How to take control of Windows 10 updates and upgrades (even if you don't own a business)
Thanks to a new feature in Windows 10 version 1511, you can now postpone or pause Windows 10 upgrades and updates. You don't have to be an IT pro to use Windows Update for Business (although it helps), but you'll need a business edition of Windows 10. I've got the details here.
By Ed Bott
for The Ed Bott Report
| November 19, 2015 -- 12:00 GMT (04:00 PST) | Topic: Microsoft
After months of talk, Microsoft has finally delivered Windows Update for Business.
This much-needed feature, which arrived in November's Windows 10 version 1511 upgrade, allows IT pros to set update policies for an organization. Using settings not available on consumer Windows editions, they can defer and delay updates and upgrades until they've been proven safe and reliable.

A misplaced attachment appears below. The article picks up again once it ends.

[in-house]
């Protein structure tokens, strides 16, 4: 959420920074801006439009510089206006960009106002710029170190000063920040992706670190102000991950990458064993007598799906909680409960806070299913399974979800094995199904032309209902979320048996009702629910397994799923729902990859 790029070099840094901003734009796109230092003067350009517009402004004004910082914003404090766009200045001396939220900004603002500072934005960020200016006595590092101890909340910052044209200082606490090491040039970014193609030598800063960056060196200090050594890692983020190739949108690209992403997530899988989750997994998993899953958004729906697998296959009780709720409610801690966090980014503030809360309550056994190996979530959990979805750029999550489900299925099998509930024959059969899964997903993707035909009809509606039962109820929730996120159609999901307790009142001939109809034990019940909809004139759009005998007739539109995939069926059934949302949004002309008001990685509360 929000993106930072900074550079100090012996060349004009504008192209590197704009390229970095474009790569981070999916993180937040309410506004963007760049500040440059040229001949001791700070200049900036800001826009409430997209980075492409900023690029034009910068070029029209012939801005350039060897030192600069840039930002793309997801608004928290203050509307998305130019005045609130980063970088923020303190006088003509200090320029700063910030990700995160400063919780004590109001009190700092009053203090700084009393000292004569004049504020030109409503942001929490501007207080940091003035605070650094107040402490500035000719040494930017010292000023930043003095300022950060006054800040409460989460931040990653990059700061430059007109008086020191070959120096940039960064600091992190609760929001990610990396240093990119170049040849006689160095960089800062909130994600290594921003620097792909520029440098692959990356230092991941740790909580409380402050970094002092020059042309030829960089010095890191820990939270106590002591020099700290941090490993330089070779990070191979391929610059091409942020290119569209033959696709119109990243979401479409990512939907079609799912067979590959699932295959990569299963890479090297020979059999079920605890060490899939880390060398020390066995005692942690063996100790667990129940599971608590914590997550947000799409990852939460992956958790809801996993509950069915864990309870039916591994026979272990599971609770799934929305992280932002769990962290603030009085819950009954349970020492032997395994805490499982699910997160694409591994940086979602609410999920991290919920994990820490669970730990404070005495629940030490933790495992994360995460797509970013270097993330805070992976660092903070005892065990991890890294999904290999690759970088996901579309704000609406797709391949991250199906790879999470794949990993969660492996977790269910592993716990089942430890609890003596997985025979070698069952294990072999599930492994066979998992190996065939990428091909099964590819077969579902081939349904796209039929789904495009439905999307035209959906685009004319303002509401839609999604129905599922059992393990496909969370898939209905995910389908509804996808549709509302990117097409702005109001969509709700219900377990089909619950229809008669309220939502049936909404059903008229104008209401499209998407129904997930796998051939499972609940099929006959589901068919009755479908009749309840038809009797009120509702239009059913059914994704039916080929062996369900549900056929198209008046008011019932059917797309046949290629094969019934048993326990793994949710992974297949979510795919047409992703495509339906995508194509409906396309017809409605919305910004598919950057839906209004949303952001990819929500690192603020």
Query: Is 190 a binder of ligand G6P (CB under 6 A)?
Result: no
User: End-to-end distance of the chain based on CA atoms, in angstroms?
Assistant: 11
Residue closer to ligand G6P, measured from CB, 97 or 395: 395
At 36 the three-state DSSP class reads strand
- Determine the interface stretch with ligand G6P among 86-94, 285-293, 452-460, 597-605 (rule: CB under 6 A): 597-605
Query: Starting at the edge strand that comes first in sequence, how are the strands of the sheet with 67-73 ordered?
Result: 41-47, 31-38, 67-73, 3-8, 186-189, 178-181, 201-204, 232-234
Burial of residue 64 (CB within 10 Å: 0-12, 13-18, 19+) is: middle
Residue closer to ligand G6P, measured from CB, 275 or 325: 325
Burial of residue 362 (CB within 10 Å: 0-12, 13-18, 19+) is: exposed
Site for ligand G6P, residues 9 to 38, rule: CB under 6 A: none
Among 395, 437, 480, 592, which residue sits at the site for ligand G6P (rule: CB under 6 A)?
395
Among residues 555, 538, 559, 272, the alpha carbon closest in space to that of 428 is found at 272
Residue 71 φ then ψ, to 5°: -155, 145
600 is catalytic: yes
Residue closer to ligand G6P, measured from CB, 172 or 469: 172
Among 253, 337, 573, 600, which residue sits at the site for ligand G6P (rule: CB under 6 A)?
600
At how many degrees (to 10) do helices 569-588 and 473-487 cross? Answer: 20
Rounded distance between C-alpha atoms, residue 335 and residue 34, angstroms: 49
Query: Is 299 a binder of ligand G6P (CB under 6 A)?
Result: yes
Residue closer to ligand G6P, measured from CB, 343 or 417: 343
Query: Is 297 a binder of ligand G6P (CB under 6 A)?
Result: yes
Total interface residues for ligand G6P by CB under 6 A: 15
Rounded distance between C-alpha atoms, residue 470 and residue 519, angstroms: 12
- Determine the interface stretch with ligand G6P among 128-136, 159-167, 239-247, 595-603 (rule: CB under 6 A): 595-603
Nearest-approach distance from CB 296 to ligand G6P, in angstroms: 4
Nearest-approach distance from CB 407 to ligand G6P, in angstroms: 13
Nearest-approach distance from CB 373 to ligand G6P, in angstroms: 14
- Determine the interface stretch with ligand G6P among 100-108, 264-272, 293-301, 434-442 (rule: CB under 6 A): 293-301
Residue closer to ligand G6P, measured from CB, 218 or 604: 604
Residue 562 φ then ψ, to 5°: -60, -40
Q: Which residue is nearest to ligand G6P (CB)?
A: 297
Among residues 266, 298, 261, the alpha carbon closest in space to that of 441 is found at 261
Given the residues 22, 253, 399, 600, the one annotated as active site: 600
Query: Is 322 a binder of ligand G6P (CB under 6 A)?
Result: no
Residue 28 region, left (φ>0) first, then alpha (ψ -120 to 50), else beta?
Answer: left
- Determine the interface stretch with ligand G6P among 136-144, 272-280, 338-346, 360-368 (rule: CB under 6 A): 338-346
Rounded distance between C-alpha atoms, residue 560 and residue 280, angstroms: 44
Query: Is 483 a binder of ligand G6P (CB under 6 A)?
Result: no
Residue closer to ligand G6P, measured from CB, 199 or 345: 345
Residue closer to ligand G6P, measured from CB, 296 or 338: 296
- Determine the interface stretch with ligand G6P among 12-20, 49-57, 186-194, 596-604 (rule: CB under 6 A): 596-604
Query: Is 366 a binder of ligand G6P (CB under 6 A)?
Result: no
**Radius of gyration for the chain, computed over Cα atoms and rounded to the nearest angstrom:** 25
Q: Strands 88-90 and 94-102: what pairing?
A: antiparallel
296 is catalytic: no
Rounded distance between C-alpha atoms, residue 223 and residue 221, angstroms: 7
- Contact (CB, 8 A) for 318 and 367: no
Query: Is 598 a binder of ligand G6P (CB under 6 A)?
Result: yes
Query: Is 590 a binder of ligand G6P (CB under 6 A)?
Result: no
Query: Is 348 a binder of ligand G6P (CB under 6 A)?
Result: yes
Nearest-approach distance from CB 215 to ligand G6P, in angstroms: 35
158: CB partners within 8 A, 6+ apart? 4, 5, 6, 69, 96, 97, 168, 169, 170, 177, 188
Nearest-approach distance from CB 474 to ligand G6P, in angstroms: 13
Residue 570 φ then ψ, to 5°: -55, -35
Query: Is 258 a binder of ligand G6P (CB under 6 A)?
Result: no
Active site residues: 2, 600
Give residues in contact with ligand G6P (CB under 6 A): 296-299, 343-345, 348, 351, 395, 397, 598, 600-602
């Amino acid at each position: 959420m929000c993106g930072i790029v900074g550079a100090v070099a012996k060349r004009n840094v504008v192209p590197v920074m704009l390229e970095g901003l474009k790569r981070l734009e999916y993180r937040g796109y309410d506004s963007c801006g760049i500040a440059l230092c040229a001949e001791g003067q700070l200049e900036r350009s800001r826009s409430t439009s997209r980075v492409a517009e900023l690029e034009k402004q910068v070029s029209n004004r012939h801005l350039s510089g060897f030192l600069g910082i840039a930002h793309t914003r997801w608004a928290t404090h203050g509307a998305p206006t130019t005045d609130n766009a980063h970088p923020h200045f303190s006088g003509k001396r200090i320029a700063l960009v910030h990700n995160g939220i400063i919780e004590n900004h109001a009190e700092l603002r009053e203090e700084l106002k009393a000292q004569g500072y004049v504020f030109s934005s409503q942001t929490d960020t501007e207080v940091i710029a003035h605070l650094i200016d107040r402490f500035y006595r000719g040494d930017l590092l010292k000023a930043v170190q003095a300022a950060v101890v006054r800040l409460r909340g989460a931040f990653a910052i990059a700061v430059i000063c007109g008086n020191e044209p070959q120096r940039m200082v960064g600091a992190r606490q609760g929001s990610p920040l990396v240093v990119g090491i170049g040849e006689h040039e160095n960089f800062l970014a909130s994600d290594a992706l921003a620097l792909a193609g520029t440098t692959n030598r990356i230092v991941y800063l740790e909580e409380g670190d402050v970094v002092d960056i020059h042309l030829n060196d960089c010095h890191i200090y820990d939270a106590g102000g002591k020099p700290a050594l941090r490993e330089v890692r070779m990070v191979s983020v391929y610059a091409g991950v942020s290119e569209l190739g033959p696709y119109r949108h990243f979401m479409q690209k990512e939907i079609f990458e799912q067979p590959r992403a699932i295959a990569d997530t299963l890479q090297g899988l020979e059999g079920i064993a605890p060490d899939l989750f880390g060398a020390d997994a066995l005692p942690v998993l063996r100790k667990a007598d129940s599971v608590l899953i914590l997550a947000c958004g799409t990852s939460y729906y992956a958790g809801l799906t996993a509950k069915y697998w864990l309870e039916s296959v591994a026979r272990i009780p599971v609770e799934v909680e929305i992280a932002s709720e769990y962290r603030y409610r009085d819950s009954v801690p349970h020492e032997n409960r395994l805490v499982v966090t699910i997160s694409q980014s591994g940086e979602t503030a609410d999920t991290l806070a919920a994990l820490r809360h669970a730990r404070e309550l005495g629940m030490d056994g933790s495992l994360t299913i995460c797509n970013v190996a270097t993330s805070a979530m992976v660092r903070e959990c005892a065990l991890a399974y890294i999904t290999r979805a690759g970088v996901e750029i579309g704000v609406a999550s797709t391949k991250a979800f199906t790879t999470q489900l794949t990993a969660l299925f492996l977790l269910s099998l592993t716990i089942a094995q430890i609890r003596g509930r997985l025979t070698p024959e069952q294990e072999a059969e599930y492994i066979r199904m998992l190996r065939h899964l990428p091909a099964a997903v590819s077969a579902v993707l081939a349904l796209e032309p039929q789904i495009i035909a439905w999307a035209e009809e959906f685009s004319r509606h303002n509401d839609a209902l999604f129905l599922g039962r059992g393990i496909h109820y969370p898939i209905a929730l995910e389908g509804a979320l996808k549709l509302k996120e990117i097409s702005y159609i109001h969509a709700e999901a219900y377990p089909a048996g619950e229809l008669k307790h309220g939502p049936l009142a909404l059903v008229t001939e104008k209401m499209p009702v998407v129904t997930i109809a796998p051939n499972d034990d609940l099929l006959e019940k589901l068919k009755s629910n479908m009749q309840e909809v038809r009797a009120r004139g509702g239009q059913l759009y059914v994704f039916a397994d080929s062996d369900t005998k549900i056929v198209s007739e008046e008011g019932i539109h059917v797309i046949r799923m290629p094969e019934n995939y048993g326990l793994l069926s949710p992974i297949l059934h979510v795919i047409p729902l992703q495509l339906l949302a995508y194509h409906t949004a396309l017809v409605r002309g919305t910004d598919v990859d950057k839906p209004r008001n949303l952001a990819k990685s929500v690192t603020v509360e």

With the help of Windows Update for Business (a layer of configuration options that controls the free Windows Update service), a network manager can organize Windows 10 devices into "rings." These devices use the same Windows Update infrastructure that the rest of the world uses. The difference is that each ring can delay receiving Patch Tuesday updates for up to four weeks and defer major version upgrades by up to eight months.
It's all done using new Windows Group Policy settings, which can be enforced using Active Directory to ensure that every machine on the domain is updated. The good news is that you can use those same settings on your own unmanaged PC, with no domain required.
Windows Update for Business requires a PC or device that supports Group Policy, which means you need Windows 10 Pro, Enterprise, or Education. The device also needs to be configured for the Current Branch for Business. Neither option is available for PCs running Windows 10 Home, where all updates are automatic.